Simulations for JP-8 Mechanism Optimization and Validation

Principal Investigator: Jason Martz, University of Michigan, jmartz@umich.edu
Faculty: Angela Violi, George Lavoie, Andre Boehman, Margaret Wooldridge, University of Michigan
Marcis Jansons, Wayne State University
Student: Shuqi Cheng, Ung Hee Lee, University of Michigan
Government: Peter Schihl, U.S. Army TARDEC
Tim Edwards, Air Force Research Lab.
Industry: James Anderson, Ford Motor Company
Peter Attema, Daimler Trucks Powertain Engineering

The objective of the current work is the generation of a validated reduced kinetic mechanism (with ~ 200 – 300 species) for use with JP-8, IPK and S8 fuel surrogates to enable predictive computational fluid dynamics (CFD) engine simulations for future US Army engine designs. In particular, this work will optimize select low temperature heat release (LTHR) and negative temperature coefficient (NTC) reaction rate parameters involving hydrocarbon species with carbon number larger than C4 to better predict experimental LTHR and NTC ignition delays. The existence of such an improved mechanism will lead to more accurate CFD models and improved Diesel engine designs with reduced experimental engine development efforts.

This work builds upon the surrogate optimizer developed by the principals [2] with TARDEC funding to match the physical and chemical properties of JP-8, IPK and S8 fuels. Our developed surrogate palette consists of four pure molecules: n-dodecane, iso-cetane, decalin, and toluene for conventional JP-8, along with the linear alkanes n-decane and iso-octane to represent the dominant linear alkane compositions of IPK and S-8 [1]. Our JP-8 surrogates have been experimentally validated in constant volume spray bombs [1] and engines [3, 4] with low ignition timing errors – recent results in [1] show less than ~ 1 point DCN error [1]. Given these encouraging results, our efforts have shifted to the evaluation and improvement of chemical mechanisms for both the neat JP-8 palette components and JP-8 surrogate mixtures [1].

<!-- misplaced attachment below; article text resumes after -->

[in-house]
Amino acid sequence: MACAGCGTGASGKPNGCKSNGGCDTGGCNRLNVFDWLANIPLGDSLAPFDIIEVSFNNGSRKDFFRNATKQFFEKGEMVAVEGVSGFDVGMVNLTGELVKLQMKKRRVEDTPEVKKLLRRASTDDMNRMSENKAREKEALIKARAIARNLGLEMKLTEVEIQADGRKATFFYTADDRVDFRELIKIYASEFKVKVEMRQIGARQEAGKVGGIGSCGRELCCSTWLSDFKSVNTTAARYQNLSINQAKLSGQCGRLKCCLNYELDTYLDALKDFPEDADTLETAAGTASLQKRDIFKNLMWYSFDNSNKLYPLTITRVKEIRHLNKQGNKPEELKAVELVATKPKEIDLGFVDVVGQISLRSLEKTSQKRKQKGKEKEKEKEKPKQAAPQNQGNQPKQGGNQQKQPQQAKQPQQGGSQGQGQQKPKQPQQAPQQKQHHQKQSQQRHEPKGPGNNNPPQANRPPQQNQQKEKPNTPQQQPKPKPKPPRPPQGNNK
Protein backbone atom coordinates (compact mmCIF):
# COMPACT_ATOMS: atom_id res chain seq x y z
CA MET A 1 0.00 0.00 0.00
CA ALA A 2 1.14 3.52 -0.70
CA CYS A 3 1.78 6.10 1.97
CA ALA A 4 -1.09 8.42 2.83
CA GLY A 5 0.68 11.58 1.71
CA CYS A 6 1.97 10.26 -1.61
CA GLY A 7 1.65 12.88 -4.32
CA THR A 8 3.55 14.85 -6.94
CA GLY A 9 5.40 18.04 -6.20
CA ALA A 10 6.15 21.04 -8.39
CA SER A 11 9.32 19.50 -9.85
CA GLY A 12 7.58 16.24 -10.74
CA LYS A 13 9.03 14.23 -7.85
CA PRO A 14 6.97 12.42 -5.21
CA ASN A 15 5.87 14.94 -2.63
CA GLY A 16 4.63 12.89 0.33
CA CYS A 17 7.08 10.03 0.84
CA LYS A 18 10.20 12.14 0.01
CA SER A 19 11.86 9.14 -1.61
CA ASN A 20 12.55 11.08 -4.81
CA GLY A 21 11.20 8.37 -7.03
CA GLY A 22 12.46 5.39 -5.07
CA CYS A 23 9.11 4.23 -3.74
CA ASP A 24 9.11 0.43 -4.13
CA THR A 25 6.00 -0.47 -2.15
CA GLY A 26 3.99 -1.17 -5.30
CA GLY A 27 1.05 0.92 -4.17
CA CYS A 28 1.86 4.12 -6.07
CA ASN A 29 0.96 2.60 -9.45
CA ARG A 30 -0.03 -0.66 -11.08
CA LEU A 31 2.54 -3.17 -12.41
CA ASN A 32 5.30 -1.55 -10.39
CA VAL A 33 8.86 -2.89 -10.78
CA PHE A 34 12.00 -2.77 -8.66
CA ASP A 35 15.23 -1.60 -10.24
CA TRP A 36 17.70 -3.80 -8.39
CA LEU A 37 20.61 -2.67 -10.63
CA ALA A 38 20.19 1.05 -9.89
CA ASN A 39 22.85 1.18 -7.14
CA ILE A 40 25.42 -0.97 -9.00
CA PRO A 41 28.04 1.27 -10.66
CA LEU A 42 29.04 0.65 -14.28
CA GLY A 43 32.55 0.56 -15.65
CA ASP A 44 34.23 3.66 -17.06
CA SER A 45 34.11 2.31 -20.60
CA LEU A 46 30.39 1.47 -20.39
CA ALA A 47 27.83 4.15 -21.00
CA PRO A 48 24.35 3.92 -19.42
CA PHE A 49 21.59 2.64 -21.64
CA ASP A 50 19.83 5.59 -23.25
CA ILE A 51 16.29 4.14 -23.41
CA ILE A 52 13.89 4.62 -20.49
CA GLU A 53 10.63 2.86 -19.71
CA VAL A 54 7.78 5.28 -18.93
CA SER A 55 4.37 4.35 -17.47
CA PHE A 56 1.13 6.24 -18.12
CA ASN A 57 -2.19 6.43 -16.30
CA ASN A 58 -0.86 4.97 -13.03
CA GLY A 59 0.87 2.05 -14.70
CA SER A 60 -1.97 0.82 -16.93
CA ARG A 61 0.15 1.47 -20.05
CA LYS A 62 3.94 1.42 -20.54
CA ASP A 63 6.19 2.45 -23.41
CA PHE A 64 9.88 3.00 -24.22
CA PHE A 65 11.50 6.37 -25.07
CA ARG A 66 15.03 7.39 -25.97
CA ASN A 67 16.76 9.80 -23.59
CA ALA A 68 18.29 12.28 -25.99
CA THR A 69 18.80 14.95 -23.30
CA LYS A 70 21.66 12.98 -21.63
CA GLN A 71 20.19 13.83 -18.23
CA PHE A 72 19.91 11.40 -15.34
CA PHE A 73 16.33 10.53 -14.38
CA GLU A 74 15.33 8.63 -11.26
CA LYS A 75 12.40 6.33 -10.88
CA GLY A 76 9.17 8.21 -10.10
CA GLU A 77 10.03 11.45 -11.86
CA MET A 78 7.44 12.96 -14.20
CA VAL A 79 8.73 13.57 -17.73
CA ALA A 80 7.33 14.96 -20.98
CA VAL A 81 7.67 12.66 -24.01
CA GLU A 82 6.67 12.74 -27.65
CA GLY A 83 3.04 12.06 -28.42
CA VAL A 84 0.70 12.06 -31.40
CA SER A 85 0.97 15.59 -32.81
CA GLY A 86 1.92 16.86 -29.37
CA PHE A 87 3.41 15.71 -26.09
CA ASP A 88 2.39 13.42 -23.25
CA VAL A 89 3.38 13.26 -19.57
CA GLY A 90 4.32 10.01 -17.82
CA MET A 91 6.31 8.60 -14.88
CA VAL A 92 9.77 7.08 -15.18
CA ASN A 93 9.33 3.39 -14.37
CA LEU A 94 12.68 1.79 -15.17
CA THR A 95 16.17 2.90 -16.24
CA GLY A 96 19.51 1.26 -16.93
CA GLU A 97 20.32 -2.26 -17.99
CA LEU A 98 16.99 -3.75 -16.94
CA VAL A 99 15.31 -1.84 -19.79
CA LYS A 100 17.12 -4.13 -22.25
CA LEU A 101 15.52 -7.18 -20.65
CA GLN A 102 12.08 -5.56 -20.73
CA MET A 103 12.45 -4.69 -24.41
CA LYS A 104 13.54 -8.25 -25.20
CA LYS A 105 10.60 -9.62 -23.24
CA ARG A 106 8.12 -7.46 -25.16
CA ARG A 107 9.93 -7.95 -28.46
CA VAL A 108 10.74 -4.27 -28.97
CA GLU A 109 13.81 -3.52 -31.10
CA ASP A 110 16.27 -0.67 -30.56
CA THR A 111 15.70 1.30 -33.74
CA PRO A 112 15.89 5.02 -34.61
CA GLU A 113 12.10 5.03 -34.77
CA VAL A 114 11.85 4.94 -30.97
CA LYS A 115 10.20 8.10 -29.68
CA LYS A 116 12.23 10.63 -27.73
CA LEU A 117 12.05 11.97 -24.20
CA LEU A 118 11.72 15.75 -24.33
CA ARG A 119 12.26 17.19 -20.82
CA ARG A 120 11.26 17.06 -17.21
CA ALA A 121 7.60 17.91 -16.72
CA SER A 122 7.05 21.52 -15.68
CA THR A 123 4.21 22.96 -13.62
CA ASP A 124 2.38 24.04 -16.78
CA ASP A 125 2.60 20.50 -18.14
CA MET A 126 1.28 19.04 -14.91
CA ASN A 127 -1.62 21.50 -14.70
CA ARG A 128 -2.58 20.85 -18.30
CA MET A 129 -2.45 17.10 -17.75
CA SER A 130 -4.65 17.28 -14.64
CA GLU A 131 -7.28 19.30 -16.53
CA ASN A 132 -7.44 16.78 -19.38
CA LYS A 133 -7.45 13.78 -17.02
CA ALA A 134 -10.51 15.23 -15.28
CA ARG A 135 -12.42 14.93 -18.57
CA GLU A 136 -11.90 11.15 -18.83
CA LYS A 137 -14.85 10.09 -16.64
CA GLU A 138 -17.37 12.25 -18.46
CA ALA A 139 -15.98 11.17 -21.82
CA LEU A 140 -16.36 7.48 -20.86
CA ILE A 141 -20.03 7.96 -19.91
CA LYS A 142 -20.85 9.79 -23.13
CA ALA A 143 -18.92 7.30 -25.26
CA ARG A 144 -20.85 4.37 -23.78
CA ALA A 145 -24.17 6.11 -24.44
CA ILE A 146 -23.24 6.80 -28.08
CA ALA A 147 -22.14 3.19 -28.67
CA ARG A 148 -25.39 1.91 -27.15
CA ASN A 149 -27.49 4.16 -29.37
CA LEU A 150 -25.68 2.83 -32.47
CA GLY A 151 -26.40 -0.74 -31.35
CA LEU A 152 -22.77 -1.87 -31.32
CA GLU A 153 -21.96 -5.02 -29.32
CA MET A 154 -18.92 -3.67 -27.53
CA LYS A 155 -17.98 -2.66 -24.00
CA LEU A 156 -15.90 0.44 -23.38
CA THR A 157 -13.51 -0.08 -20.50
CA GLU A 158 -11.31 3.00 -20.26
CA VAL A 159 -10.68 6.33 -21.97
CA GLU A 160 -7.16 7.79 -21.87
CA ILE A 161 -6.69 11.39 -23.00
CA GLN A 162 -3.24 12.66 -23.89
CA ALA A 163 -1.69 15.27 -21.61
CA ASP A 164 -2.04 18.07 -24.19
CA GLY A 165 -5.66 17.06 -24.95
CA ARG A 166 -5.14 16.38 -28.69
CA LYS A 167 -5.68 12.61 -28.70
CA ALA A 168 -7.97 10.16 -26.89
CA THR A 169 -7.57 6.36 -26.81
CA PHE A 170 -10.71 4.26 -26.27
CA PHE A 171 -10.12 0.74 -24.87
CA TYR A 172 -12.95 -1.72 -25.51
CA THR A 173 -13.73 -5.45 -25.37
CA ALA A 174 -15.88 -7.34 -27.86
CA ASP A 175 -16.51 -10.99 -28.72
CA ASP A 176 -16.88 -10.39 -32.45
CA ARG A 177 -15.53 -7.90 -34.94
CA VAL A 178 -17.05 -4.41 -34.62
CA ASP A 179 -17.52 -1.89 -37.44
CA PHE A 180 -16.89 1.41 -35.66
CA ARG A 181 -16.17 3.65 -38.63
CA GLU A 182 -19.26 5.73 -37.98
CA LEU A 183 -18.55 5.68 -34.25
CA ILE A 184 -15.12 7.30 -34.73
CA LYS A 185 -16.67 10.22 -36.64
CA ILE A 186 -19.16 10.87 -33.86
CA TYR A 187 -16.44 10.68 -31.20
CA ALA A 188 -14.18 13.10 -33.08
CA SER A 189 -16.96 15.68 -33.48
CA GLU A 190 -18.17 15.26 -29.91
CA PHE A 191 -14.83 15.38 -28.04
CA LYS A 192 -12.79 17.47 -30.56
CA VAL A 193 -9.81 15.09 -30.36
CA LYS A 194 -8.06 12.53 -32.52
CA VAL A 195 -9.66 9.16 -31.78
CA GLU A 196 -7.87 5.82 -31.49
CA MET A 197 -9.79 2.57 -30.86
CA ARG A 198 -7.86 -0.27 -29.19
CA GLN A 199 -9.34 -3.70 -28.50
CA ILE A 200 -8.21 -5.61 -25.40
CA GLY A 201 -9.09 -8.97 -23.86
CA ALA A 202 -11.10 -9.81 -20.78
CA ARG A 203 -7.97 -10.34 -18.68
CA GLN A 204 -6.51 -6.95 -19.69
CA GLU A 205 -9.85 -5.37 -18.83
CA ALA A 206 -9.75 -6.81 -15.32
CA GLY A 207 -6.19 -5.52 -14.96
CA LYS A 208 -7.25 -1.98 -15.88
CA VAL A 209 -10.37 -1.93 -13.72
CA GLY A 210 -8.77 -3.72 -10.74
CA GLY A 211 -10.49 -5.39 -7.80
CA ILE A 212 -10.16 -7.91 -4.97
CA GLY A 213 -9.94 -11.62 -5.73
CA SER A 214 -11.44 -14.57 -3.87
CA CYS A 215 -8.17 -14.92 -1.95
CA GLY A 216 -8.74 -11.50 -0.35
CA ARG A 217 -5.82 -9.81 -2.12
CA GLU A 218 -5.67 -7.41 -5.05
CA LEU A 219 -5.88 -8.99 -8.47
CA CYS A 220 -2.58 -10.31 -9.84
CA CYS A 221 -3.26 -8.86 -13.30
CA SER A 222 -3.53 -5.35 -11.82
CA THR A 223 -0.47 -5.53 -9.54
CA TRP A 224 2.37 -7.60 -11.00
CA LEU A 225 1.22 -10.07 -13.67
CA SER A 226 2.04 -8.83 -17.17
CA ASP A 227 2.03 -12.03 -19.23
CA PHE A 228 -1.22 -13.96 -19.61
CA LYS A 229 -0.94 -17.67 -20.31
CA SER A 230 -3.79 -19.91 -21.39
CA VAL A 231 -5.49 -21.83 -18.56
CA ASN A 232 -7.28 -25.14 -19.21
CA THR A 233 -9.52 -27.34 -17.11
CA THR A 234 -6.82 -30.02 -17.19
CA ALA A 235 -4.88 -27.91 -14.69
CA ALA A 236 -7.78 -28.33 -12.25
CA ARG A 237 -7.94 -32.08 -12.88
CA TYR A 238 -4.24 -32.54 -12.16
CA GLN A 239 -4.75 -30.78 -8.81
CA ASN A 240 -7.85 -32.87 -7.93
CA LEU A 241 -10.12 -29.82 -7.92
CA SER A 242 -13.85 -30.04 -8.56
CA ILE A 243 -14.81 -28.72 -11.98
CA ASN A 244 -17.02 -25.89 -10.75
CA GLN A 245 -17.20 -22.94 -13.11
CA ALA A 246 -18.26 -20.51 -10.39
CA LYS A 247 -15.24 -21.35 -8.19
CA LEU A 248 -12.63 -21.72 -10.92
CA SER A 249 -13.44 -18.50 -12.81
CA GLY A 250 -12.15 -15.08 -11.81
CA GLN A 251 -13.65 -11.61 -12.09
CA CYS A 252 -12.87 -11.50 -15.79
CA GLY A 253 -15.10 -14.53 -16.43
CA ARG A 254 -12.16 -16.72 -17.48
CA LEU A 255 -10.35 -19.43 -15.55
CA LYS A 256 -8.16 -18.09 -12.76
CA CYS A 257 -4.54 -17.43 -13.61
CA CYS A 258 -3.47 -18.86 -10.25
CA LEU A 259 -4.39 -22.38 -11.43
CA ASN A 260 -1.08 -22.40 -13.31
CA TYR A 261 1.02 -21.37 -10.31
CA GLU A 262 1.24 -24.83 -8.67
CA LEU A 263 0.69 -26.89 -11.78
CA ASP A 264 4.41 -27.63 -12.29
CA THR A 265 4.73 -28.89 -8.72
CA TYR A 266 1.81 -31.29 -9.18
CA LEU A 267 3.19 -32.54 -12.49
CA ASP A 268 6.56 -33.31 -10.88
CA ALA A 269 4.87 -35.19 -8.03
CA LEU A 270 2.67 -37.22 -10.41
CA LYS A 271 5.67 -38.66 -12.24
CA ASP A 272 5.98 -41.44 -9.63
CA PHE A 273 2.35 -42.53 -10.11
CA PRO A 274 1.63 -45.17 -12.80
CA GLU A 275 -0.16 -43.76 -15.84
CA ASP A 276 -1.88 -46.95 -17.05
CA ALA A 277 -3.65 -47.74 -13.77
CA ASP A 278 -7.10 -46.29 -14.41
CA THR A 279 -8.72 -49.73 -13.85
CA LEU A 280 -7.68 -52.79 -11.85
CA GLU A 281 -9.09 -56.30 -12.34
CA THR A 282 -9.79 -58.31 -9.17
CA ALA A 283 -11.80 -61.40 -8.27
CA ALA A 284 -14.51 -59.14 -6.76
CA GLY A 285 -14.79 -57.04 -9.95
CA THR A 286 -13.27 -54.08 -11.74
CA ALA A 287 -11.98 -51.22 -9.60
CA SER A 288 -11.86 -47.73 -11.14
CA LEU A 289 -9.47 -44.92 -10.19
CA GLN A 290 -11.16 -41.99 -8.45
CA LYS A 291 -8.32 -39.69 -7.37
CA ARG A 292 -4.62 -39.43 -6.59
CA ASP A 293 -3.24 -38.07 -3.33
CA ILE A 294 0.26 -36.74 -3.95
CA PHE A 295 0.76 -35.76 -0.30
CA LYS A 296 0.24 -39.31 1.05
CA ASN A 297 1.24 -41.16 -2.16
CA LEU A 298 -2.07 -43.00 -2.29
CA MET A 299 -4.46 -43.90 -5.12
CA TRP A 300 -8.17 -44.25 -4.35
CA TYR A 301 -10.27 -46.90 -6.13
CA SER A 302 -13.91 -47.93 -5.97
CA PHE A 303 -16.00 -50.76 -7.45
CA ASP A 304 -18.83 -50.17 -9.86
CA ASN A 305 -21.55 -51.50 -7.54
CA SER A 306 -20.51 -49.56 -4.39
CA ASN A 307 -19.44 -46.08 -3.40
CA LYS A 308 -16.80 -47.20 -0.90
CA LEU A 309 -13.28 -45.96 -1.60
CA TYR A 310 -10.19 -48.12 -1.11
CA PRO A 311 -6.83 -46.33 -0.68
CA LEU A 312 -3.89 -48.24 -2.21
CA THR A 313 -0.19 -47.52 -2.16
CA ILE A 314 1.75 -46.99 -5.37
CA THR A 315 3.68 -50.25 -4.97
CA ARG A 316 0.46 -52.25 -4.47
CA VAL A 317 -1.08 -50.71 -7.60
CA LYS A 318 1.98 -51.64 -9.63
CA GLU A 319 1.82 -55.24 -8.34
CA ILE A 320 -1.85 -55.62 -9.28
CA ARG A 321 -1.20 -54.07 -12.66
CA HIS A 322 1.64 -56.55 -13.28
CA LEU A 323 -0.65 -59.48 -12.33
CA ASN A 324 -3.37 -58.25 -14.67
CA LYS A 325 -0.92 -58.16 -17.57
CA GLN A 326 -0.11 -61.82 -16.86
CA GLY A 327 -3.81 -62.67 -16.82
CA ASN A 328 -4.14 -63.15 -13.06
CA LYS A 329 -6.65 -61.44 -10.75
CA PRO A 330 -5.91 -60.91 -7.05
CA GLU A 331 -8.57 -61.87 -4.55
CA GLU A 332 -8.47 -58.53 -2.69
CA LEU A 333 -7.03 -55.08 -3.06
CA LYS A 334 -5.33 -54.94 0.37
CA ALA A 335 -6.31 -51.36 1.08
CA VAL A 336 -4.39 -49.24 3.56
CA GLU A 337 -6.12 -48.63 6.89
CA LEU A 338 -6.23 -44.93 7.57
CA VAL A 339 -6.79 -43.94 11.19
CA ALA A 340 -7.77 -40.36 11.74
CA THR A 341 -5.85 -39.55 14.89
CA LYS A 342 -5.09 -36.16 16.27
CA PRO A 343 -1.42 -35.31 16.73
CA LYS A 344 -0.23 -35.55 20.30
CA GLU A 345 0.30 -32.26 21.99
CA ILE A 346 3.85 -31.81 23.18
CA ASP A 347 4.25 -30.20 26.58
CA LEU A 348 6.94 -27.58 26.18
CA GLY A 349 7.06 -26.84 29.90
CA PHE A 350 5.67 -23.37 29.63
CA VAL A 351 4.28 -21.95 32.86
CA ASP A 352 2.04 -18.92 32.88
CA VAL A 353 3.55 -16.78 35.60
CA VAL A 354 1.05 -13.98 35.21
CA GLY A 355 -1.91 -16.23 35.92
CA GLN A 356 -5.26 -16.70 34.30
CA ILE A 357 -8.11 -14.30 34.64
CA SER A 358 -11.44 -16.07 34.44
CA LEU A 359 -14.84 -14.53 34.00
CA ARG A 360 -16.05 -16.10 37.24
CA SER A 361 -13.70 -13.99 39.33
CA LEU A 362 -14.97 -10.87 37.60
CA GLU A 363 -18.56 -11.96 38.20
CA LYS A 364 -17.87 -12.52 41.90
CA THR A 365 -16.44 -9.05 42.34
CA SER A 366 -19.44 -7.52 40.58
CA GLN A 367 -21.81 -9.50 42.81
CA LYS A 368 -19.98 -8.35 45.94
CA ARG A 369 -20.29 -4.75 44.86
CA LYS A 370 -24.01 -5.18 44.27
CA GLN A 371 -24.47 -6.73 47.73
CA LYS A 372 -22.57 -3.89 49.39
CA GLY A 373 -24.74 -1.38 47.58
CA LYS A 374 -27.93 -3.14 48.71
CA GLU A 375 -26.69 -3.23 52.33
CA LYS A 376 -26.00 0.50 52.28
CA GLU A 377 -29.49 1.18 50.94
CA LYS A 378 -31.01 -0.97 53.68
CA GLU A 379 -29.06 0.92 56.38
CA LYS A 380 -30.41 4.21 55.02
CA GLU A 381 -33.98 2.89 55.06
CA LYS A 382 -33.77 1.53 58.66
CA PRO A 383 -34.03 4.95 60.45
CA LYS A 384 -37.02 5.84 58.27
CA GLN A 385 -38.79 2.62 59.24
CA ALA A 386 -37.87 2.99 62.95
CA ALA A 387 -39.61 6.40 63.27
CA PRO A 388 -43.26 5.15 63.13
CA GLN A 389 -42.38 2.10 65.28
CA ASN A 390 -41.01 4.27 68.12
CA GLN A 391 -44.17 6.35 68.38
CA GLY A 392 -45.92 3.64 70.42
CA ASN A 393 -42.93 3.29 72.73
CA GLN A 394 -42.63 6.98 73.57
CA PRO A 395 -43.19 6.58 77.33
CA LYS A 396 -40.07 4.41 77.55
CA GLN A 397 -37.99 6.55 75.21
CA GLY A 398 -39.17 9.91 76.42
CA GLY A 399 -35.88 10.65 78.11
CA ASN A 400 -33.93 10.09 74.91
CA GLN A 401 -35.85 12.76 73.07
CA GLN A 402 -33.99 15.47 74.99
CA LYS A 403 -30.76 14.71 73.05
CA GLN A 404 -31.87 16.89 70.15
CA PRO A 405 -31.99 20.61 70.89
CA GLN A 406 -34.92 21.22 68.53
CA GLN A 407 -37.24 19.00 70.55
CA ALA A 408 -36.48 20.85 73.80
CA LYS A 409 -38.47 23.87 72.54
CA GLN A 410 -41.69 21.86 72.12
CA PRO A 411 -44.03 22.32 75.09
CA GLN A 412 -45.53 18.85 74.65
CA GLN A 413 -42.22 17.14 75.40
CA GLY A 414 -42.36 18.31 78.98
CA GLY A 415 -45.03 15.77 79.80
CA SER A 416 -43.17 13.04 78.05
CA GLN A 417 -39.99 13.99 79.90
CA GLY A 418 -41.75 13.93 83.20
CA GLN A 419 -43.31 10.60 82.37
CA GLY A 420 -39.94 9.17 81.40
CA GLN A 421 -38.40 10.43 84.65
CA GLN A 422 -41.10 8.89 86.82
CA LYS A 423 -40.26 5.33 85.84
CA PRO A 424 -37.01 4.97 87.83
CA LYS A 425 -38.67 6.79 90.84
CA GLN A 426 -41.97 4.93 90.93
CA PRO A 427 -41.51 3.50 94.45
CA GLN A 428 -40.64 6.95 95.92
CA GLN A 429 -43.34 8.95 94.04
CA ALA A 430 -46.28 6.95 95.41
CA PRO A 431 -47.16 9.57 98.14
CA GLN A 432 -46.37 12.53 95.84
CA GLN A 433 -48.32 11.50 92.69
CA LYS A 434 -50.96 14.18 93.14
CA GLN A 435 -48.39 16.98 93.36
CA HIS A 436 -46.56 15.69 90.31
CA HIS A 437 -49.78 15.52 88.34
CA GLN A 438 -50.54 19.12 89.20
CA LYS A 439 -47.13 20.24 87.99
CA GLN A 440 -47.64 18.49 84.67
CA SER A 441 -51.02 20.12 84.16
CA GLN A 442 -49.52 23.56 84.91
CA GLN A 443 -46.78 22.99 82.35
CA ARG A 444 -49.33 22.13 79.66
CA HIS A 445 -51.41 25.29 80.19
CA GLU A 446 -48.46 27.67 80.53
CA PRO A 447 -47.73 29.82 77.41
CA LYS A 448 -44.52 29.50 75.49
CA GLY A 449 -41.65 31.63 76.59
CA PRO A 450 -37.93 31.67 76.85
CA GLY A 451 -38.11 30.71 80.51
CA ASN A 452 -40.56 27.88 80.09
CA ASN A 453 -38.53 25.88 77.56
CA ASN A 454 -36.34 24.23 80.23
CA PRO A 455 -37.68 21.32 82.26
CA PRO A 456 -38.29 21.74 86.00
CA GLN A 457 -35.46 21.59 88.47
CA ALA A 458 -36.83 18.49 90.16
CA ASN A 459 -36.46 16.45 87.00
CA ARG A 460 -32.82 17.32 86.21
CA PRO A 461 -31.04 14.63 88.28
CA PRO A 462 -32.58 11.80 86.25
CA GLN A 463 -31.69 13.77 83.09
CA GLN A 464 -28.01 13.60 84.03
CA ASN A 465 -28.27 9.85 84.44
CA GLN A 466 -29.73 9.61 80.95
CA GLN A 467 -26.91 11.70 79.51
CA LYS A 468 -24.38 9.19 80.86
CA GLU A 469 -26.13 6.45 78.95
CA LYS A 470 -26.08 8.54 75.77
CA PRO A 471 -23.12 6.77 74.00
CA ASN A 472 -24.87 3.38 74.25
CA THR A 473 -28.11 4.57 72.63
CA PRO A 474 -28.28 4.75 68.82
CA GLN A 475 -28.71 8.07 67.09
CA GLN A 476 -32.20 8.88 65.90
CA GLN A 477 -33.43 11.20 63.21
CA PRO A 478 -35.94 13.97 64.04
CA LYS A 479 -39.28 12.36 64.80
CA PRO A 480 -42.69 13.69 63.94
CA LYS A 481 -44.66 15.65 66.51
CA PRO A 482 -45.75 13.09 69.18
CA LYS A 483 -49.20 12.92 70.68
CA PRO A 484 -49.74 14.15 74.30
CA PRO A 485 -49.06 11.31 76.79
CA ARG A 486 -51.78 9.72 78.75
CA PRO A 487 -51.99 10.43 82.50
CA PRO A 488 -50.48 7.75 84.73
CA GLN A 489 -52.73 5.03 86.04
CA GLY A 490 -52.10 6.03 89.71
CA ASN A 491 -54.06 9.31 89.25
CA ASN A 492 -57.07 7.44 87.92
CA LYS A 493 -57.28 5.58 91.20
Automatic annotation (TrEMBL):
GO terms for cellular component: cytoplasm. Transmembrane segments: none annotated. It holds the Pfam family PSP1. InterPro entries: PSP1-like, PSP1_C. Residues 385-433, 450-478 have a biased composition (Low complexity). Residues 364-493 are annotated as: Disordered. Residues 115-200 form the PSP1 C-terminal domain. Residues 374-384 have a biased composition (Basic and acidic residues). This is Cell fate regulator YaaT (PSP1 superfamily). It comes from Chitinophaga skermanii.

The primary motivation for this project, and the "cluster" of projects of which this one project is a component, is the need to develop predictive simulation capabilities for IC engine combustion to enable the design of next generation engines and to account for continuing shifts in fuels on which these engines rely. This group of overlapping, integrated projects will be referred to as the "JP-8 Combustion Chemistry Cluster," where the value to TARDEC from clustering is that by engaging in an integrated group of projects, funding will be leveraged and the value (i.e., outcomes) will be amplified. As such, the cluster represents a multi-faceted initiative that will achieve a significant outcome to advance the state of the art for the simulation of ground vehicles and provide an important deliverable – a validated and common reduced kinetic mechanism (with ~ 200 – 300 species) for use with JP-8, IPK and S8 fuel surrogates to enable predictive engine simulation for future US Army engine designs. Such a mechanism does not currently exist.

Linked with ARC Project "Combustion Chemistry of Jet Fuels: from Atomistic Simulations to Mechanism Development"

Publications:

  • D. Kim., J. Martz, A. Abdul-Nour, X. Yu, M. Jansons and A. Violi. "An inclusive six-component surrogate for emulating the physical and chemical characteristics of conventional and alternative jet fuels and their blends." Submitted to Combustion and Flame.

References:

  1. D. Kim, J. Martz and A. Violi, Submitted to Combustion and Flame (2015).
  2. D. Kim, J. Martz and A. Violi, Combustion and Flame 161 (2014).
  3. X. Yu, X. Luo, M. Jansons, D. Kim, J. Martz and A. Violi, SAE International Journal of Fuels and Lubricants 8 (2015).
  4. D. Kang, D. Kalaskar, D. Kim, J. Martz, A. Violi and A. Boehman, Fuel 184 (2016).